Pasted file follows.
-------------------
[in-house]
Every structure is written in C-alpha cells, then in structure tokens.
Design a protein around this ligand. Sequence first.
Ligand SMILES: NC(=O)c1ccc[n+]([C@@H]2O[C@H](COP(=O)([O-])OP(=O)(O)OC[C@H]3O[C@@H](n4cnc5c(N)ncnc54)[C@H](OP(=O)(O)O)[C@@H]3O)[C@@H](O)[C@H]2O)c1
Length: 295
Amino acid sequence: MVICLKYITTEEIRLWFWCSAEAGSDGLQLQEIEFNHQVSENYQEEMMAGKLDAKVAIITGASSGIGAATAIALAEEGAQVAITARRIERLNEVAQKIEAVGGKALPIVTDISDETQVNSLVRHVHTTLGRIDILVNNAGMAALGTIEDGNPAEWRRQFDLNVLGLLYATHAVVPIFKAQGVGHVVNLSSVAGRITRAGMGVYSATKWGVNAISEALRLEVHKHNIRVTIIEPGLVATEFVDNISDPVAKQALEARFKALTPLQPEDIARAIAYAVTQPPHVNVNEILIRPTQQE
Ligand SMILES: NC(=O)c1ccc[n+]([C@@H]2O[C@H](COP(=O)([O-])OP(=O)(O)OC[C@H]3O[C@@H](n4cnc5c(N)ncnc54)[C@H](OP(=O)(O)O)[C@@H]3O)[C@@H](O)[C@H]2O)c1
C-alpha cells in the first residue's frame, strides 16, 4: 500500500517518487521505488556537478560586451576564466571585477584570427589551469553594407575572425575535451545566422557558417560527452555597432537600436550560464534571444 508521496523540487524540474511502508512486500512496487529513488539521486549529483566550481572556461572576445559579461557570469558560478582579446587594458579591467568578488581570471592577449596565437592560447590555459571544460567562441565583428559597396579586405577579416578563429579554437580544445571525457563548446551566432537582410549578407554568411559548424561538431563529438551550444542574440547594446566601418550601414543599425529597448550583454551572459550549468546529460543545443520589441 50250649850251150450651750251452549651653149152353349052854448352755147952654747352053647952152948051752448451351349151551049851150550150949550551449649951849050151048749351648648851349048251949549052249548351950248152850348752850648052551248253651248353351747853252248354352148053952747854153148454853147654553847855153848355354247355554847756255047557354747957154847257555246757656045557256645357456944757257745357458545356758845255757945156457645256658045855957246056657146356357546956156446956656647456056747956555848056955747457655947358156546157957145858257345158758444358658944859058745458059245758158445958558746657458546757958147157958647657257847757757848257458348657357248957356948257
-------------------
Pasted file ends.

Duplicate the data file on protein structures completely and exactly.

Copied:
[in-house]
Every structure is written in C-alpha cells, then in structure tokens.
Design a protein around this ligand. Sequence first.
Ligand SMILES: NC(=O)c1ccc[n+]([C@@H]2O[C@H](COP(=O)([O-])OP(=O)(O)OC[C@H]3O[C@@H](n4cnc5c(N)ncnc54)[C@H](OP(=O)(O)O)[C@@H]3O)[C@@H](O)[C@H]2O)c1
Length: 295
Amino acid sequence: MVICLKYITTEEIRLWFWCSAEAGSDGLQLQEIEFNHQVSENYQEEMMAGKLDAKVAIITGASSGIGAATAIALAEEGAQVAITARRIERLNEVAQKIEAVGGKALPIVTDISDETQVNSLVRHVHTTLGRIDILVNNAGMAALGTIEDGNPAEWRRQFDLNVLGLLYATHAVVPIFKAQGVGHVVNLSSVAGRITRAGMGVYSATKWGVNAISEALRLEVHKHNIRVTIIEPGLVATEFVDNISDPVAKQALEARFKALTPLQPEDIARAIAYAVTQPPHVNVNEILIRPTQQE
Ligand SMILES: NC(=O)c1ccc[n+]([C@@H]2O[C@H](COP(=O)([O-])OP(=O)(O)OC[C@H]3O[C@@H](n4cnc5c(N)ncnc54)[C@H](OP(=O)(O)O)[C@@H]3O)[C@@H](O)[C@H]2O)c1
C-alpha cells in the first residue's frame, strides 16, 4: 500500500517518487521505488556537478560586451576564466571585477584570427589551469553594407575572425575535451545566422557558417560527452555597432537600436550560464534571444 508521496523540487524540474511502508512486500512496487529513488539521486549529483566550481572556461572576445559579461557570469558560478582579446587594458579591467568578488581570471592577449596565437592560447590555459571544460567562441565583428559597396579586405577579416578563429579554437580544445571525457563548446551566432537582410549578407554568411559548424561538431563529438551550444542574440547594446566601418550601414543599425529597448550583454551572459550549468546529460543545443520589441 50250649850251150450651750251452549651653149152353349052854448352755147952654747352053647952152948051752448451351349151551049851150550150949550551449649951849050151048749351648648851349048251949549052249548351950248152850348752850648052551248253651248353351747853252248354352148053952747854153148454853147654553847855153848355354247355554847756255047557354747957154847257555246757656045557256645357456944757257745357458545356758845255757945156457645256658045855957246056657146356357546956156446956656647456056747956555848056955747457655947358156546157957145858257345158758444358658944859058745458059245758158445958558746657458546757958147157958647657257847757757848257458348657357248957356948257